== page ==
Decoded Fashion is London’s annual conference that brings together executives from all sectors of the fashion industry. This year’s event, titled ‘Inside Out: Creating True Alignment’, explored the relationship between technology and fashion, with an impressive lineup of speakers. Living it reports on some of the key trends for the future.
Clothes made by robots
Setting the pace for innovation at the conference was a company called Sewbo. It’s reported to be the first company to manufacture an item of clothing without human labour, creating a t-shirt entirely made by machines. What does this mean for the future? As the technology improves and becomes more accessible, mass market garments could begin to be manufactured in this way, ensuring that every garment is perfect down to the very last stitch. Although Sewbo acknowledged the negative implications for employment around the world, founder Jonathan Zornow said the innovation would lead to an end to the industry obsessing over cheap labour.
New payments to be design-led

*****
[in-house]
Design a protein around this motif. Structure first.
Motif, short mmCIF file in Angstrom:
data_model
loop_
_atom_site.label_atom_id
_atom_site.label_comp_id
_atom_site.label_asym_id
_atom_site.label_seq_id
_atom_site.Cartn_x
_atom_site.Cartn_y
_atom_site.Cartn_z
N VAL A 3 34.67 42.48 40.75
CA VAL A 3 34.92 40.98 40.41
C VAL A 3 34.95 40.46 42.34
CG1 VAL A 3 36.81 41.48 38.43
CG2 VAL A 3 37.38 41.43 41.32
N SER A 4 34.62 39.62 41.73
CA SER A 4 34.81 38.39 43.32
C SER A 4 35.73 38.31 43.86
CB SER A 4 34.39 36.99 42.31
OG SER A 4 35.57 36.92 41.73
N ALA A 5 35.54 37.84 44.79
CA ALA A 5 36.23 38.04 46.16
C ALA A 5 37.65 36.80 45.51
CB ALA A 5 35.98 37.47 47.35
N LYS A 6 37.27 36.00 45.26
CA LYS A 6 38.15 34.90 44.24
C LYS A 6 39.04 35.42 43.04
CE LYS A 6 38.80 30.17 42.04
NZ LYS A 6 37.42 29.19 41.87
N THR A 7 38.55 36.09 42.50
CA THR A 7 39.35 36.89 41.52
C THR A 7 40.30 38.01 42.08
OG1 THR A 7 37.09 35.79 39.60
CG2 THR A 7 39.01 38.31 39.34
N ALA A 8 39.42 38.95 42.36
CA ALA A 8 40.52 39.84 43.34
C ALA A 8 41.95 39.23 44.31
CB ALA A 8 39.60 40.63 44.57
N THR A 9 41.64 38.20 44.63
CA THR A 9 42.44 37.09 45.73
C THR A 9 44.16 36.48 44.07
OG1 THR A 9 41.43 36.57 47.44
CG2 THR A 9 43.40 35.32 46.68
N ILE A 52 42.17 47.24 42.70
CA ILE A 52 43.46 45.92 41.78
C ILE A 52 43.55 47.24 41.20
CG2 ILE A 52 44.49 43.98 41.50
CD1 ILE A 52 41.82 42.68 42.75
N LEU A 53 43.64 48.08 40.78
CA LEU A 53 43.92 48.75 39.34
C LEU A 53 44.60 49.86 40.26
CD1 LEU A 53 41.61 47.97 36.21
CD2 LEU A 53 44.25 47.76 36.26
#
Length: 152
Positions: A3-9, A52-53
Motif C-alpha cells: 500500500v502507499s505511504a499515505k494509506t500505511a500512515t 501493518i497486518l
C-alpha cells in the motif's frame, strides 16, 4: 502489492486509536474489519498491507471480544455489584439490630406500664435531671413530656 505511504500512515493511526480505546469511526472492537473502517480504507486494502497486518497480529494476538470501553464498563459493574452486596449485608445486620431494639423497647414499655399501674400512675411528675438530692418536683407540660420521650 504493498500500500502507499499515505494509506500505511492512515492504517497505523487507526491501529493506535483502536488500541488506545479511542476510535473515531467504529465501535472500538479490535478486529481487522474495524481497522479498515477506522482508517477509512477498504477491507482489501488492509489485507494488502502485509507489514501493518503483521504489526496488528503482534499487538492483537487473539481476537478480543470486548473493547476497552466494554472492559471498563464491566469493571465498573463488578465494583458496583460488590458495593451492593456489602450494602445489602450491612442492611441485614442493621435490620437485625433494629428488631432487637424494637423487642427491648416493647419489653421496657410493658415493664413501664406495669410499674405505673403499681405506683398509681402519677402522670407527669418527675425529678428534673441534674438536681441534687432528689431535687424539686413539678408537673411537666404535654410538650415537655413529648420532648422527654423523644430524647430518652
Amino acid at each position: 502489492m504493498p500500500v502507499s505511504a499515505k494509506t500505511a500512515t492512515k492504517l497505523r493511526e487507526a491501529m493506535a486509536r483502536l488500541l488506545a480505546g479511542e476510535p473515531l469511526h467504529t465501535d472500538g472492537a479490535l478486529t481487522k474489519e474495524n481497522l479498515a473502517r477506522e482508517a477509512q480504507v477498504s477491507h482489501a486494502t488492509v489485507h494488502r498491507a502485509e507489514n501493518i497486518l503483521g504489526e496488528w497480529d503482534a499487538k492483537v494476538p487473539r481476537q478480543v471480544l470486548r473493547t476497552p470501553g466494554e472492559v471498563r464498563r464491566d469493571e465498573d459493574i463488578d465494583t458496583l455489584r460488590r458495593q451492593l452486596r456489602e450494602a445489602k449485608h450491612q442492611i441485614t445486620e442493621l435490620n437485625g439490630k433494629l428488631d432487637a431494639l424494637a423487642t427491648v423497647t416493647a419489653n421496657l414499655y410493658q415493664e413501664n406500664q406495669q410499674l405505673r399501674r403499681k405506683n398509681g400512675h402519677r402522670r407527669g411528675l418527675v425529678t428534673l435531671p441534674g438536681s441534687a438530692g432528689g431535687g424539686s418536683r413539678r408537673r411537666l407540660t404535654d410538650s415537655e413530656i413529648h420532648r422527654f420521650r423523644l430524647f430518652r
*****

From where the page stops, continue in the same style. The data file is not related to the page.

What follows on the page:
In a talk by Mastercard, new methods of payment were discussed. Despite the relatively small initial uptake of Apple Pay, Mastercard is confident it represents the future. Wearable methods of payment have already been tested, with designer Adam Selman partnering with Mastercard to put a credit card chip in a dress. Rachel Bale, Mastercard VP, Global Merchant Development, also hinted that biometrics will replace security passwords for online shopping and internet banking. But the process must be design-led, and not too technical, she said.
Brands need to adapt to stay relevant
In a conversation between executives from Amazon Fashion , Google and AllSaints, one point became clear: brands need to adapt to stay popular. “Speed is tantamount to stay ahead of the curve,” said Amazon, which has begun testing an online tool to help shoppers buy clothes that more accurately fit them.
Retailer AllSaints has tried to adapt in a different way – by emphasising the need to be culturally aware of the countries where its stores are located. The company believes that brands need to be able to connect with local communities worldwide, offering relevant experiences for all cultures.